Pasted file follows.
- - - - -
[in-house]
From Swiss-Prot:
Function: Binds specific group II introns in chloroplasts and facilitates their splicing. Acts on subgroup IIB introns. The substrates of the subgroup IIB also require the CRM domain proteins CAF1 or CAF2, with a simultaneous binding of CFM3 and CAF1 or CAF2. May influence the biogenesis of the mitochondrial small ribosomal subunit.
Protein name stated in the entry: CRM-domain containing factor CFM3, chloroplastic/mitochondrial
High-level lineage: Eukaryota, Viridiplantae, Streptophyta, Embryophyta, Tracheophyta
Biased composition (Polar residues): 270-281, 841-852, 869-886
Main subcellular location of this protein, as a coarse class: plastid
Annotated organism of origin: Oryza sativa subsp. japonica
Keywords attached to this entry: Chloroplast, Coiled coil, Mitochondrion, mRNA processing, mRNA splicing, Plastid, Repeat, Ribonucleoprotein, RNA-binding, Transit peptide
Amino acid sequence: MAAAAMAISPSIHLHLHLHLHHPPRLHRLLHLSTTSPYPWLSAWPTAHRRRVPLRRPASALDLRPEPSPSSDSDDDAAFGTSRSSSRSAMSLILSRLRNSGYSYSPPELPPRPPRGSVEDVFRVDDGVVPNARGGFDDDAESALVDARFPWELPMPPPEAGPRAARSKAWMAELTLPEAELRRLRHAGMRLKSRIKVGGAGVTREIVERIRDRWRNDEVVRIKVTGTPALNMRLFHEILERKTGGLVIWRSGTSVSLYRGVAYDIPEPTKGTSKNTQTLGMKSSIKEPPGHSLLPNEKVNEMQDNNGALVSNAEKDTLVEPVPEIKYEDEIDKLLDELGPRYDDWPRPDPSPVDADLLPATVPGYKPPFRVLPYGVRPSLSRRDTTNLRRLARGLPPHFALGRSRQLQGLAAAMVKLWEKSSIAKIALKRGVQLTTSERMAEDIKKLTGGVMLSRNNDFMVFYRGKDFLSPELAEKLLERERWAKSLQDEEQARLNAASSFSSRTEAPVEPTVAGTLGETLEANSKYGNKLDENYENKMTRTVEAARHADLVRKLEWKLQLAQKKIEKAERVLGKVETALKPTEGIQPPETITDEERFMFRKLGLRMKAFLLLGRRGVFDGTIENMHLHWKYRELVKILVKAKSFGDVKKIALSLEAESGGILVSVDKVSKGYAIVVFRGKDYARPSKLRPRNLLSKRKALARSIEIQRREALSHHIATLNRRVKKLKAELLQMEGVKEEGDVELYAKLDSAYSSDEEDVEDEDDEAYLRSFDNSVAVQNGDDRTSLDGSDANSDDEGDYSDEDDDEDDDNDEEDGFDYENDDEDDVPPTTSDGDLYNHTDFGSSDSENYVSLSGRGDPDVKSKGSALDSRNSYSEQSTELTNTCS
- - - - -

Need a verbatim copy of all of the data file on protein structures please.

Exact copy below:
[in-house]
From Swiss-Prot:
Function: Binds specific group II introns in chloroplasts and facilitates their splicing. Acts on subgroup IIB introns. The substrates of the subgroup IIB also require the CRM domain proteins CAF1 or CAF2, with a simultaneous binding of CFM3 and CAF1 or CAF2. May influence the biogenesis of the mitochondrial small ribosomal subunit.
Protein name stated in the entry: CRM-domain containing factor CFM3, chloroplastic/mitochondrial
High-level lineage: Eukaryota, Viridiplantae, Streptophyta, Embryophyta, Tracheophyta
Biased composition (Polar residues): 270-281, 841-852, 869-886
Main subcellular location of this protein, as a coarse class: plastid
Annotated organism of origin: Oryza sativa subsp. japonica
Keywords attached to this entry: Chloroplast, Coiled coil, Mitochondrion, mRNA processing, mRNA splicing, Plastid, Repeat, Ribonucleoprotein, RNA-binding, Transit peptide
Amino acid sequence: MAAAAMAISPSIHLHLHLHLHHPPRLHRLLHLSTTSPYPWLSAWPTAHRRRVPLRRPASALDLRPEPSPSSDSDDDAAFGTSRSSSRSAMSLILSRLRNSGYSYSPPELPPRPPRGSVEDVFRVDDGVVPNARGGFDDDAESALVDARFPWELPMPPPEAGPRAARSKAWMAELTLPEAELRRLRHAGMRLKSRIKVGGAGVTREIVERIRDRWRNDEVVRIKVTGTPALNMRLFHEILERKTGGLVIWRSGTSVSLYRGVAYDIPEPTKGTSKNTQTLGMKSSIKEPPGHSLLPNEKVNEMQDNNGALVSNAEKDTLVEPVPEIKYEDEIDKLLDELGPRYDDWPRPDPSPVDADLLPATVPGYKPPFRVLPYGVRPSLSRRDTTNLRRLARGLPPHFALGRSRQLQGLAAAMVKLWEKSSIAKIALKRGVQLTTSERMAEDIKKLTGGVMLSRNNDFMVFYRGKDFLSPELAEKLLERERWAKSLQDEEQARLNAASSFSSRTEAPVEPTVAGTLGETLEANSKYGNKLDENYENKMTRTVEAARHADLVRKLEWKLQLAQKKIEKAERVLGKVETALKPTEGIQPPETITDEERFMFRKLGLRMKAFLLLGRRGVFDGTIENMHLHWKYRELVKILVKAKSFGDVKKIALSLEAESGGILVSVDKVSKGYAIVVFRGKDYARPSKLRPRNLLSKRKALARSIEIQRREALSHHIATLNRRVKKLKAELLQMEGVKEEGDVELYAKLDSAYSSDEEDVEDEDDEAYLRSFDNSVAVQNGDDRTSLDGSDANSDDEGDYSDEDDDEDDDNDEEDGFDYENDDEDDVPPTTSDGDLYNHTDFGSSDSENYVSLSGRGDPDVKSKGSALDSRNSYSEQSTELTNTCS